Despite his hopes, the jury convicted Ervin on all four counts (doc. 66) and the Court sentenced him to 168 months' imprisonment (doc. 83 at 76 (consisting of 108 months' imprisonment for Counts 1, 2, and 4 and 60-months consecutive imprisonment for Count 3)). Doc. 76 (judgment). His conviction was affirmed on appeal. United States v. Ervin, 601 F.App'x 793 (11th Cir. 2015).

         B. ANALYSIS

         Ervin presents several grounds for relief: (1) errors by the district court, (2) generalized prosecutorial misconduct, and (3) ineffective assistance of counsel for failing to raise those errors on appeal. Doc. 97.

         1. District Court Errors

         On appeal, Ervin challenged (1) the sufficiency of the evidence to convict, (2) an erroneous jury instruction, (3) improper admission of "bad acts" character evidence, (4) the prosecutor's closing statement, and (5) the six-level official victim sentence enhancement. See Ervin, 601 F.Appx. at 793. Here, he argues the Court erred for (1) "failing to grant [a] motion of acquittal, " (2) "permitting evidence concerning unindicted events, " (3) permitting introduction of prior convictions, and (4) by applying the U.S.S.G. § 3A1.2(c) official victim enhancement. Doc. 97 at 2. His first, third, and fourth claims were already considered, and rejected, on appeal. See Ervin, 601 F.App'x 793. They are thus procedurally barred. Stoufflet v. United States, 757 F.3d 1236, 1239 (11th Cir. 2014); United States v. Nyhuis, 211 F.3d 1340, 1343 (11th Cir. 2000). And because his second claim was not raised on appeal, it too is procedurally barred. Lynn v. United States, 365 F.3d 1225, 1232 (11th Cir. 2004) (a § 2255 movant may not use his collateral attack as "a surrogate for a direct appeal."). His associated, meritless IAC claims do not overcome that bar. United States v. Montano, 398 F.3d 1276, 1280 (11th Cir. 2005); Lynn, 365 F.3d at 1232.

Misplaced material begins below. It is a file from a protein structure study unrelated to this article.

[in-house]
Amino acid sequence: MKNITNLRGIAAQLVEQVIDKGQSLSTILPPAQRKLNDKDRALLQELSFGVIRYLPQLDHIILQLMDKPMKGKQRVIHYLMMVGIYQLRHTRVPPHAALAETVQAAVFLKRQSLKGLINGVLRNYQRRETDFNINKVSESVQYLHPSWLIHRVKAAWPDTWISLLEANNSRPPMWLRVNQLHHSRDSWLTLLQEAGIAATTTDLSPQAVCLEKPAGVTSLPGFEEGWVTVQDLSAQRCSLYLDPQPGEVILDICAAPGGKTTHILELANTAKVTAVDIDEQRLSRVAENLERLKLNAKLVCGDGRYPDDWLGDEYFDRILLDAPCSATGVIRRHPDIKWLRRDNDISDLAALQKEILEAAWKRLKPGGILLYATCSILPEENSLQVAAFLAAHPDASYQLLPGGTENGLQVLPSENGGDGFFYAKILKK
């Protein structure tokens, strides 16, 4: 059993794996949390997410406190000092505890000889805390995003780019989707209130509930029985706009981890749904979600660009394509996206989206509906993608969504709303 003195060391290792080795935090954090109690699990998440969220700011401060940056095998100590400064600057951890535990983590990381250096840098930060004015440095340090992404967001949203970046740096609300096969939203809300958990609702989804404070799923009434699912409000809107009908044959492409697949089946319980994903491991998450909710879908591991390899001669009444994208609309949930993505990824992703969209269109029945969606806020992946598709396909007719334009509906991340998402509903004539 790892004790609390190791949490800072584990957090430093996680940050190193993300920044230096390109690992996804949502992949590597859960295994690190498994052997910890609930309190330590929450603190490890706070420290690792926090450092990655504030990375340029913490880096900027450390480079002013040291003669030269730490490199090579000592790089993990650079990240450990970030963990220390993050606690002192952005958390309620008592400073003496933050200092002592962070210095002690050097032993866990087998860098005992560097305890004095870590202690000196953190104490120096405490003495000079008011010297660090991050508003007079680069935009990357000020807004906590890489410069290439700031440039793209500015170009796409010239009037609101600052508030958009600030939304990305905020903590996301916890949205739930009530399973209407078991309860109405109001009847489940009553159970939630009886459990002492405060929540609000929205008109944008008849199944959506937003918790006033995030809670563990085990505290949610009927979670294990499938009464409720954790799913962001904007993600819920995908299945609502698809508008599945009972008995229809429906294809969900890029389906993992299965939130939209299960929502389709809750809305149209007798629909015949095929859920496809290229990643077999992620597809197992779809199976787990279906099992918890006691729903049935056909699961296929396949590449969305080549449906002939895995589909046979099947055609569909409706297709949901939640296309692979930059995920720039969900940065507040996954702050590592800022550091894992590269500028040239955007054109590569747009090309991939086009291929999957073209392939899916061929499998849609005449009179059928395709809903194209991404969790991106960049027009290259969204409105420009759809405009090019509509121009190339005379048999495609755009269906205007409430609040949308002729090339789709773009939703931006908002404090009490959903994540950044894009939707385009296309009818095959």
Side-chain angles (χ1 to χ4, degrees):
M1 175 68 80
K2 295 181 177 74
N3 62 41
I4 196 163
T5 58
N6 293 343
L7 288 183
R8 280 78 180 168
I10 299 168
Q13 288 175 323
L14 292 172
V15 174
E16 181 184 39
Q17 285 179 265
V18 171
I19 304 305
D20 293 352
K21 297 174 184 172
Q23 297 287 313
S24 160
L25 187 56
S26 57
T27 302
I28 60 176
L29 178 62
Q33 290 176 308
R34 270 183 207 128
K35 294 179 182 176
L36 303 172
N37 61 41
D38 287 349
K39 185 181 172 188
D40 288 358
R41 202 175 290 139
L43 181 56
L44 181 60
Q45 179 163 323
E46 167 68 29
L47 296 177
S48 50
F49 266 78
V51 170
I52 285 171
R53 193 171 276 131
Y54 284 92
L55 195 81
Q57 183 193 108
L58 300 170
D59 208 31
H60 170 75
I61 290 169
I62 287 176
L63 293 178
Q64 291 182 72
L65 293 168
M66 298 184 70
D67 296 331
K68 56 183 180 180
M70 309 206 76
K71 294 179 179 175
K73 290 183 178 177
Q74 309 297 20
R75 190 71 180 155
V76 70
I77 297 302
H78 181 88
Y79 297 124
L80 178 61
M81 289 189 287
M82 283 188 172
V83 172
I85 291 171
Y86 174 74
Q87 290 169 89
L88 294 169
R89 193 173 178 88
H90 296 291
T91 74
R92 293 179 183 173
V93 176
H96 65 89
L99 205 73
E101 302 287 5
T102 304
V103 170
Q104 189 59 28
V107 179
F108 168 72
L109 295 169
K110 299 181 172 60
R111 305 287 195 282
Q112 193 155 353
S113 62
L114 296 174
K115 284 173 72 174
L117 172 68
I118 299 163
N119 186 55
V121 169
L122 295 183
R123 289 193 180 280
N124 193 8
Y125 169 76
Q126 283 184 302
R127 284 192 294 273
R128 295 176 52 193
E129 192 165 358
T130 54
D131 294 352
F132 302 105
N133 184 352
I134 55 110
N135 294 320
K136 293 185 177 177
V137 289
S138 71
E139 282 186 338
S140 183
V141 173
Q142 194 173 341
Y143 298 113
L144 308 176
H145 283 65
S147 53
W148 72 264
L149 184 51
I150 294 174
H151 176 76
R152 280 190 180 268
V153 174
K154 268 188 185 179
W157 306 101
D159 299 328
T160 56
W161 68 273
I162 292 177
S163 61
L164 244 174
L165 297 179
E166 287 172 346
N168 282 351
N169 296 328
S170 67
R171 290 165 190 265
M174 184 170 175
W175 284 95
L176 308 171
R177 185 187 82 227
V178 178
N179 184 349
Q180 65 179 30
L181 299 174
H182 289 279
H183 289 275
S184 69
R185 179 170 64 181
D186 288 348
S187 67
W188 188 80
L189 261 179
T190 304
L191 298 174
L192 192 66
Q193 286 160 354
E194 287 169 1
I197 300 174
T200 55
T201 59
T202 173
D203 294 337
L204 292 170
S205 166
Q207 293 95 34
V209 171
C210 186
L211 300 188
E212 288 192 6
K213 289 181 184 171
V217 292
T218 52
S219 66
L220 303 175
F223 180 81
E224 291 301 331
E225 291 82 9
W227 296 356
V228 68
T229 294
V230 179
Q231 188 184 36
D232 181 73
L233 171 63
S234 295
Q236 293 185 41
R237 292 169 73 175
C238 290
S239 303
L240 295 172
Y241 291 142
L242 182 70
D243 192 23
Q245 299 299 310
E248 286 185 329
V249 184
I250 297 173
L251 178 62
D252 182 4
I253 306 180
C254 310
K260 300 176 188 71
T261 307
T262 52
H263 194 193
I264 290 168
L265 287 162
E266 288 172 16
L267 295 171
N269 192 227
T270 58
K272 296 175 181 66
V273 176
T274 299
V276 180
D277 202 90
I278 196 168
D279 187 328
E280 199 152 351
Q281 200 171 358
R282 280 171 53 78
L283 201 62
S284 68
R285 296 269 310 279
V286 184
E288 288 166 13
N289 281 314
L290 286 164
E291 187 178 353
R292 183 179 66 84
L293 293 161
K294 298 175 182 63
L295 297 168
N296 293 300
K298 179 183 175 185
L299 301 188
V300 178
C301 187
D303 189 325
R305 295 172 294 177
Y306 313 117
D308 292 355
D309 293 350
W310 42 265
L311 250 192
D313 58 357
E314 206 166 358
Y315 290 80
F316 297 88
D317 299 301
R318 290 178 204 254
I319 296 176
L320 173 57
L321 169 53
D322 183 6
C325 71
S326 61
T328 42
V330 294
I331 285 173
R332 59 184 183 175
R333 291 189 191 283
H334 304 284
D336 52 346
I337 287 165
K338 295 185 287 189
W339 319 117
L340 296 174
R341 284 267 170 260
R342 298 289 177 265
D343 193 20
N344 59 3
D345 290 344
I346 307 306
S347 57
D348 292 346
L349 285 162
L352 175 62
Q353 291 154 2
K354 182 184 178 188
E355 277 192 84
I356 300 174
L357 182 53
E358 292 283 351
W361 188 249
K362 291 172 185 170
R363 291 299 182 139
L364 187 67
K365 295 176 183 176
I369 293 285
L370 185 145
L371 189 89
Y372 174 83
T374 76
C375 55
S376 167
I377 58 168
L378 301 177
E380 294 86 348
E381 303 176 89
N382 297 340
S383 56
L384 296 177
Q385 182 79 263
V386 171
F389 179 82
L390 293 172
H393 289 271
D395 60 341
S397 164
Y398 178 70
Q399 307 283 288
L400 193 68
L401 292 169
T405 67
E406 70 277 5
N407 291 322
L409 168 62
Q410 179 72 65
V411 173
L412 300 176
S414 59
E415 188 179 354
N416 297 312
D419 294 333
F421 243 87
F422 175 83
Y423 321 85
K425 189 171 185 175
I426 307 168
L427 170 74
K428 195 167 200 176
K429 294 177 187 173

2. Prosecutorial Misconduct & Ineffective Assistance

         Ervin argues his attorney failed to: fully investigate the case, move to suppress evidence from the search of his home, raise issues "important to his client, " or "preserve any/all of the unlawful acts committed by the government or the court." Doc. 98 at 3. He contends his attorney provided "bad legal advice" "which led [him] to proceed to trial, " much to his detriment. Id.

         Movant, however, lacks specifics when it conies to the details of counsel's failures - he contends that the search warrant was unsupported because the CI was "unreliable" and the testifying agents "lied" by presenting apparently conflicting testimony about the video recording of his cocaine sale and arrest. Doc. 98 at 3-18. But a failed video recording does not negate, or convert into perjury, eye witness testimony about the sale and arrest, nor does it detract from the successfully recorded telephone calls with the CI to set up the buy. Ervin ...